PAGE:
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The Effect of Board Characteristics on a Firm’s Strategic Change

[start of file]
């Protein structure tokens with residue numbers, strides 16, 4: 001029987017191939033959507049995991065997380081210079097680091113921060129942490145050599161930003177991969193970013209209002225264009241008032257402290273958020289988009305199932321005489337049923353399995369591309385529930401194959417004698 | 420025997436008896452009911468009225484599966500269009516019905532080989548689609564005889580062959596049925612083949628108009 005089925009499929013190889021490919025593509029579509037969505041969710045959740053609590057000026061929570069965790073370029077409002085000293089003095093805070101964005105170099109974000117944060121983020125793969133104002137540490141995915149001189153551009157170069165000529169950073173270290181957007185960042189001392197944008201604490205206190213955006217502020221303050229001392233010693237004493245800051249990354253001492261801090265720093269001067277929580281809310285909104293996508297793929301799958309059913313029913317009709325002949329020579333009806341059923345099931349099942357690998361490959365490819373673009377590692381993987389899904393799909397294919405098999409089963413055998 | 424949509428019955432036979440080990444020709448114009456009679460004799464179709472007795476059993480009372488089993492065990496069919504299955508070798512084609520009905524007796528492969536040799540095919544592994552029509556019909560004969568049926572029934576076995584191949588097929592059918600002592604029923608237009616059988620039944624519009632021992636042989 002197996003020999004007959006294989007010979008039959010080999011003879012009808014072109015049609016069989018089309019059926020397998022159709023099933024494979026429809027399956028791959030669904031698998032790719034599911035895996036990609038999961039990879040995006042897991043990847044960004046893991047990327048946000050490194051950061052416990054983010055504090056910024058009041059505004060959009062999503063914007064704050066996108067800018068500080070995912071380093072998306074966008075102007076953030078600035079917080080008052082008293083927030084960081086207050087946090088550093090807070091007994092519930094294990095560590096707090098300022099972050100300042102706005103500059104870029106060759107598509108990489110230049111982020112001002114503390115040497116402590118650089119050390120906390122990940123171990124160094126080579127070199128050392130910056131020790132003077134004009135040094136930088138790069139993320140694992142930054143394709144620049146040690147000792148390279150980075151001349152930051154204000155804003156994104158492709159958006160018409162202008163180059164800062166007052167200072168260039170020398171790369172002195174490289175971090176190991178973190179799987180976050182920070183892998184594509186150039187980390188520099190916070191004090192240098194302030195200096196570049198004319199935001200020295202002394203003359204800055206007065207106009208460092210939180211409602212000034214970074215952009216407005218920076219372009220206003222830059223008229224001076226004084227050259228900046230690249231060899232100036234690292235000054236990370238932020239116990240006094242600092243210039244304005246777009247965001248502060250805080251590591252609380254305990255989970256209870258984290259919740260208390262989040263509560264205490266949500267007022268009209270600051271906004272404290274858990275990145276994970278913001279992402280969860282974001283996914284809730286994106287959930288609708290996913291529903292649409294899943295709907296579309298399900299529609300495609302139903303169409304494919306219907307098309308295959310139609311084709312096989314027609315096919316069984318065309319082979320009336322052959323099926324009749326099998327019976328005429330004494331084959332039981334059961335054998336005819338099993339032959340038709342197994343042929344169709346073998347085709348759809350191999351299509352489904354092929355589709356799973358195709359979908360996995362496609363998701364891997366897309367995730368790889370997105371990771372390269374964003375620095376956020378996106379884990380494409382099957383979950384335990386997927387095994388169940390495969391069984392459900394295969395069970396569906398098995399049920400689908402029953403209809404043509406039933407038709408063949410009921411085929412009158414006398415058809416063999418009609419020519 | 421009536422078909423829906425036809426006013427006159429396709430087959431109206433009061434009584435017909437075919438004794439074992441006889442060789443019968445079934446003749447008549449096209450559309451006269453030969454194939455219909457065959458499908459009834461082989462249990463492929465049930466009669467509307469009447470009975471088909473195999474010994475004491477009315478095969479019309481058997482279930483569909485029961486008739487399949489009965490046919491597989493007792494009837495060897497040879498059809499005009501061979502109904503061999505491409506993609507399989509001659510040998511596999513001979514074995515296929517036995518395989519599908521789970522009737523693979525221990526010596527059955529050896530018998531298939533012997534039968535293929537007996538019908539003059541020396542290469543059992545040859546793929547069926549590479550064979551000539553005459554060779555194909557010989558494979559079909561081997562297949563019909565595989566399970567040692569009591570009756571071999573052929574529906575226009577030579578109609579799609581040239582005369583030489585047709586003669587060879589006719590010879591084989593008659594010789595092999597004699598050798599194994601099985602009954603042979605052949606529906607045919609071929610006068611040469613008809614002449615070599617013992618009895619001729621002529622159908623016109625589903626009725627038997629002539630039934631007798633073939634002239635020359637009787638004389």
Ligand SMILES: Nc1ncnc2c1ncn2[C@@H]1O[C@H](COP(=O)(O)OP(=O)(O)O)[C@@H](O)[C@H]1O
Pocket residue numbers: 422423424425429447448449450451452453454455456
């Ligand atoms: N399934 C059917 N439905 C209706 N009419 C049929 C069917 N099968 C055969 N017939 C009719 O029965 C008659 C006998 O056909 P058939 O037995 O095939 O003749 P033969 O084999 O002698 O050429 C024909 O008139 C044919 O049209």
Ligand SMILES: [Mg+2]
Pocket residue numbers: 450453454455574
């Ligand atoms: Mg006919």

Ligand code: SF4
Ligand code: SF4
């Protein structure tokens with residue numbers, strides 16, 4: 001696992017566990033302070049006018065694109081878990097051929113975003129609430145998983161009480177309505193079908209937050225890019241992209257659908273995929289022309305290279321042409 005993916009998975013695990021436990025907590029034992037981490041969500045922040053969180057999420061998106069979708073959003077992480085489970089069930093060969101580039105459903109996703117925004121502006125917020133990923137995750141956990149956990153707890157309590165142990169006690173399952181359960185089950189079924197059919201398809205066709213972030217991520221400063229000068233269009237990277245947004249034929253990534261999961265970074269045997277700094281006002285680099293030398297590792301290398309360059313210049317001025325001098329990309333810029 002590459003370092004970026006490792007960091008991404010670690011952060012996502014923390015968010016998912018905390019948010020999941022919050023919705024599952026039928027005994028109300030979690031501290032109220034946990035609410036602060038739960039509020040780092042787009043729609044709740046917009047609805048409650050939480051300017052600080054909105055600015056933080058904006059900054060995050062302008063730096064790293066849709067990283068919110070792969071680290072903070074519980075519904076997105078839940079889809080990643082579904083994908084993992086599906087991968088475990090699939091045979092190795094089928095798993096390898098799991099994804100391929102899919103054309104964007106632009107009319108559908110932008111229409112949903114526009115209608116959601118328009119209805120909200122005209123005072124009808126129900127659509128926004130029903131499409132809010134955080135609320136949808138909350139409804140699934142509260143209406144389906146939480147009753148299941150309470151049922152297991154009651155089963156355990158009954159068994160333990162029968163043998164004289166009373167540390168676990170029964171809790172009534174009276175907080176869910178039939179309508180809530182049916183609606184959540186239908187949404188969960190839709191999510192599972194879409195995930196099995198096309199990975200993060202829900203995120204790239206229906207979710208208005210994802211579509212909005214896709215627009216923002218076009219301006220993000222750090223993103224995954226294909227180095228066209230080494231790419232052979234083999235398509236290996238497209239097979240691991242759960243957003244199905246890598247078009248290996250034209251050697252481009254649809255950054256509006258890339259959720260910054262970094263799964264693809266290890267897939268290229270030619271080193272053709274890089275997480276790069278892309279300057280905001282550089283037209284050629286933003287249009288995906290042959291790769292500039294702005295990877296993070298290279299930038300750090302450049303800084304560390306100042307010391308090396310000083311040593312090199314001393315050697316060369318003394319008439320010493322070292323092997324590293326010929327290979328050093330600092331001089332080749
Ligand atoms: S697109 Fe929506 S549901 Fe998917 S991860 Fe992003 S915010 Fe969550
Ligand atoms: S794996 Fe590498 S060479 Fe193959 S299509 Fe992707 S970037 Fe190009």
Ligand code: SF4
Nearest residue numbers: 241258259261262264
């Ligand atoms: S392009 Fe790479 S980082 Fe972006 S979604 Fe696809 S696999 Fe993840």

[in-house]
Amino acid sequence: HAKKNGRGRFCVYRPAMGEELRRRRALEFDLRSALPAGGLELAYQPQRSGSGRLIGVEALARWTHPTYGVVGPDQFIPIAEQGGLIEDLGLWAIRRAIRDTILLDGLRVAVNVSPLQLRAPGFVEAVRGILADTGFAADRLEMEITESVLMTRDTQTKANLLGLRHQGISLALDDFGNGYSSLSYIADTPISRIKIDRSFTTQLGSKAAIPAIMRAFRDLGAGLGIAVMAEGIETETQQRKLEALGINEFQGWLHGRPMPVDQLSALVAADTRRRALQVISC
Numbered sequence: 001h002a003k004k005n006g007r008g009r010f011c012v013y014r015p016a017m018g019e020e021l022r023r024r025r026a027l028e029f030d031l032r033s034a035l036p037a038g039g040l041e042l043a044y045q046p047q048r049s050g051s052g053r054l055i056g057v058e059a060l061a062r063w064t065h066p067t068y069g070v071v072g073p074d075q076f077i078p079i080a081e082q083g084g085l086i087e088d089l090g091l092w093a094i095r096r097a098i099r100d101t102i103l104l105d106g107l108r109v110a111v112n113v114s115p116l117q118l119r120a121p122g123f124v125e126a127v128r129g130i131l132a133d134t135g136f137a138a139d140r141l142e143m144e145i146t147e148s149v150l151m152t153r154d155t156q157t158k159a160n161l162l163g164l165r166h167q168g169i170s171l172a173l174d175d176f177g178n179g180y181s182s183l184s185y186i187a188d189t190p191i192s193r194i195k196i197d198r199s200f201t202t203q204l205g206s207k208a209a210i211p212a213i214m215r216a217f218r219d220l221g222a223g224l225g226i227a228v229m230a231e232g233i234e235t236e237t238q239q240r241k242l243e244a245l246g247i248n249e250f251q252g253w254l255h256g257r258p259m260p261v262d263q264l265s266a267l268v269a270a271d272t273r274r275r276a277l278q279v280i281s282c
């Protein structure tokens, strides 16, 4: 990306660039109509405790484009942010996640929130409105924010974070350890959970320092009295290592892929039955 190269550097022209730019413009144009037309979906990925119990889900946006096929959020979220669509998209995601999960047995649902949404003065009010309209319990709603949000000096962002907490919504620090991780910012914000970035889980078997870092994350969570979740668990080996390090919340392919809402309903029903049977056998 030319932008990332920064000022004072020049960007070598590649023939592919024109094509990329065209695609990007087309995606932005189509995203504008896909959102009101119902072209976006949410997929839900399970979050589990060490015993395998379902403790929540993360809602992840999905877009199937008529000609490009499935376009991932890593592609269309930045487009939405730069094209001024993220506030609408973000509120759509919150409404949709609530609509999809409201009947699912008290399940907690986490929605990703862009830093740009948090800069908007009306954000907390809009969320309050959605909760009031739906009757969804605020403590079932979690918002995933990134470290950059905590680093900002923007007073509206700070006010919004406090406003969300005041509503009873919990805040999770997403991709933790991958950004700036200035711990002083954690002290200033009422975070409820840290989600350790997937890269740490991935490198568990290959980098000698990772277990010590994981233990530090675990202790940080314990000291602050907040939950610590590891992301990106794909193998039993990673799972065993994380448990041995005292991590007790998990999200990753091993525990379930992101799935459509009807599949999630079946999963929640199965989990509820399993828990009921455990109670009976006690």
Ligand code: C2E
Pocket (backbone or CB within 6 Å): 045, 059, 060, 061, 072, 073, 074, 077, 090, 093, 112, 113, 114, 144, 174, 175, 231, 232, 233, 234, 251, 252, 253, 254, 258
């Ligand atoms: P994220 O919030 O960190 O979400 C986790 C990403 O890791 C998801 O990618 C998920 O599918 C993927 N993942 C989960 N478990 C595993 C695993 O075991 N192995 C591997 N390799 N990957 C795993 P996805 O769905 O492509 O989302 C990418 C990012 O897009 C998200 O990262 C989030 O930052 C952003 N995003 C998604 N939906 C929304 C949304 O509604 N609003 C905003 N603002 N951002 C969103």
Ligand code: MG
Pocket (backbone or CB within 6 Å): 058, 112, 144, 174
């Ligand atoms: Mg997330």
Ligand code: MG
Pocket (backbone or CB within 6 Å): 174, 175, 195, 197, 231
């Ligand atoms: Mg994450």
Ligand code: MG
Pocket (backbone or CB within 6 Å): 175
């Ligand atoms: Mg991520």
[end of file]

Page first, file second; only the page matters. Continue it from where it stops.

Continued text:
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The purpose of this study is to identify the relationship between the characteristics of the board of directors and strategic change of a firm in the Chinese context. In this study, strategic change is defined as strategic deviation relative to industry norms and strategic variation relative to historical experiences. The size, independence and leadership structure of the board of directors are defined as the board characteristics. We then propose hypotheses on the effects of board characteristics on a firm’s strategic change. This study takes strategic resource allocation profile as measure to calculate strategic deviation and strategic variation, and then empirically tests and verifies the hypotheses using data from Chinese publicly listed companies in the information technology industry from the year 2006 to 2010. We find that the size, independence and leadership structure of the board of directors significantly affect both strategic deviation and strategic variation. Therefore, we conclude that board characteristic affects a firm’s strategic change. The conclusion of the study indicates that moderate reductions in the size of the board, increasing the proportion of independent directors and separating the roles of chairman and chief executive officer can facilitate promoting the process of strategic change for a firm in a dynamic environment. Through this study we re-examine the role and significance of the board of directors in strategic decision-making for a firm, and provide useful suggestions on how to form a board that can meet the needs for strategic change for a firm in a dynamic business environment.


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